By Naif Al Mutawa
A friend in New York recently asked me what Ramadan was like.
Borrowing a chapter from my 3-year-old son’s playbook, I tried to explain it in constructs that would be familiar to her.
I asked her to imagine a traditional American Thanksgiving with all her extended family present, where they fasted from dawn until dusk (while experiencing caffeine withdrawal and nicotine fits), before breaking the fast with the evening iftar meal.
Then I told her to imagine that Thanksgiving went on for an entire month.
“You poor thing!” she gasped.
“Why do you think we celebrate when it’s over?” I replied with a grin.
In fact, Ramadan is about more than just fasting.
It is the ninth month of the Arab lunar calendar, and the most holy month of the year for Muslims because the Archangel Gabriel revealed the holy Qur’an—the ultimate gift—to the Prophet Muhammad on its 27th day.
As such, I explained to my friend that Ramadan is a season of giving and one of the five pillars of Islam is almsgiving, or zakat.
The holy Qur’an speaks repeatedly of zakat, commanding in one instance that “for every 40 camels, one is to be given to the poor.”
My friend laughed, saying, “In this economy, who has an extra camel to give?”
I replied that zakat was spoken of in metaphorical terms and many believe, as I do, that the payment ofzakat can go beyond camels and money to the most valuable asset of all: time.
And no matter how difficult our financial lives, we can all give of our time.
Like most Arabs, I grew up in an extended family.
There was always someone in the family who was an expert on something and willing to give of their time to share that knowledge.
If I needed help in calculus, there was an uncle.
If I had a question about my writing, there was an aunt.
Religion? Everyone was a self-appointed expert on that subject.
But as we grow up, we move out and we seek mentors who do not share our blood, though they do share our passions.
Mentoring relationships can be the most powerful relationships of all.
When the holy Qur’an was first revealed to the Prophet Muhammad, he was so overwhelmed by the call from God that he turned to his mentor, his wife’s uncle, for advice and guidance.
Even prophets need mentors.
Last month, I lost a great mentor to a tumour.
This article will come to you after being edited (and debated) by another.
A third has guided my foray into media from behind the scenes.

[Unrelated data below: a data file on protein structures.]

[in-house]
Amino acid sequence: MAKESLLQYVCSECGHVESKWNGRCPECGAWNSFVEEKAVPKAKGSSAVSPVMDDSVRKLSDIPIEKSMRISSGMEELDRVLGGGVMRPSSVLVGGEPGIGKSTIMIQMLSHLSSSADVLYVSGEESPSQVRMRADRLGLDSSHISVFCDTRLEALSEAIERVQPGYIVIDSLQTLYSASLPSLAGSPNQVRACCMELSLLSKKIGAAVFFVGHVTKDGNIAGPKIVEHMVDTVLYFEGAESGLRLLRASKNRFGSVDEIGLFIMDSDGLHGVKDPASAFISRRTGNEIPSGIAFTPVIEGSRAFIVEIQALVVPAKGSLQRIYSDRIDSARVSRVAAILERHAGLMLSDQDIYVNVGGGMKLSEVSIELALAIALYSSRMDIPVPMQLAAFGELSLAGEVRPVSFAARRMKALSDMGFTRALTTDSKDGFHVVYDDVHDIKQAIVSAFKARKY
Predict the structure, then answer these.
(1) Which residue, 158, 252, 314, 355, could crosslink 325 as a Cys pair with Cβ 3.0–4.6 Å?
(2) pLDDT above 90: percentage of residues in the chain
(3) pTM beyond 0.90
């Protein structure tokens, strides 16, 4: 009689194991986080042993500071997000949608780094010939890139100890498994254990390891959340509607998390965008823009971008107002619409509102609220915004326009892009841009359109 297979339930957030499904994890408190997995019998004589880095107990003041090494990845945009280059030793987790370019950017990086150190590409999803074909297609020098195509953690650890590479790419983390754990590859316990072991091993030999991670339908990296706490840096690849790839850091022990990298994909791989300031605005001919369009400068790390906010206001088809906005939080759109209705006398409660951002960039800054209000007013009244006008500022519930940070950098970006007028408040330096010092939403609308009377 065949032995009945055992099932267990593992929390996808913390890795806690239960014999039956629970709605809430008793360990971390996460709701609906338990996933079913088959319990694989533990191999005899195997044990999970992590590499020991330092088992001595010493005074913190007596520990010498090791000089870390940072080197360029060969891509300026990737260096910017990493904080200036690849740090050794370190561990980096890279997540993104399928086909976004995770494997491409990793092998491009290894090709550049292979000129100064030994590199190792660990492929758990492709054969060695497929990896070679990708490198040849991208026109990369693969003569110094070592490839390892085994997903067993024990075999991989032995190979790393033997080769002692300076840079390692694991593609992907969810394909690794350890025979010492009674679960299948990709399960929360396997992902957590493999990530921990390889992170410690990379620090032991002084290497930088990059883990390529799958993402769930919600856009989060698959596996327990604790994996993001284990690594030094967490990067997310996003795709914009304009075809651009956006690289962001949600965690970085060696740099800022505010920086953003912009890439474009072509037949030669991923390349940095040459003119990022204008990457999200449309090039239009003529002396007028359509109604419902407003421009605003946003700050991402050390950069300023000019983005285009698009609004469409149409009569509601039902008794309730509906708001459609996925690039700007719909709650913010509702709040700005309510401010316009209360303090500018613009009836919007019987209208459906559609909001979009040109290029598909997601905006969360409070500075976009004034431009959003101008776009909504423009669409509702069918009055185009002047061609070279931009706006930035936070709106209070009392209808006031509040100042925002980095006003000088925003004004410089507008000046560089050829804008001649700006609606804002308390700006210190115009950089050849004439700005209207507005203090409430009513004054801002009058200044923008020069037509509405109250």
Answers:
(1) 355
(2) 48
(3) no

What these three have in common is that they have given me time and access to their cumulative wisdom.
And they have done it without asking for anything in return.
In this sense, they follow the spirit of zakat to the letter.
One is a Muslim, one a Catholic and the third a Jew.
All three give more than one-fortieth of their time to mentoring.
Without their combined efforts my life would be very different.
Of all we possess in this world, surely time is the most valuable asset.
If we were to give 2.5 percent of our lives to mentor others, the equivalent would be 36 minutes a day.
What would you do with your 36 minutes? Whose life would you impact?
The possibilities are endless and the need is unending.
My son Rayan is named for a gate in heaven through which those who fast during the month of Ramadan will enter.
A few days ago, I was in my writing room and wiping away tears as I wrote a farewell to my late mentor.
Rayan came to the doorway saying that he had left his Scooby Doo toy in his playhouse and could I retrieve it with him?
I gave him my sternest look, the one that says, interrupt-me-at-the-peril-of-losing-your-thumbs.
He went off with disappointment.
Minutes later he managed to bring himself down to my level.
“Baba, I need to go to the office in my house. I have to get my work. Will you help me?”
We were soon climbing the ladder to his “office” with both his thumbs intact.
One day, he will give his mentors a run for their 36 minutes.
* Naif Al Mutawa is creator of THE 99, a group of superheroes based on Islamic archetypes, and a 2009 recipient of the Schwab Foundation Social Entrepreneur of the Year Award at the World Economic Forum. This article first appeared in Florida’s The Bradenton Herald and was written for the Common Ground News Service (CGNews)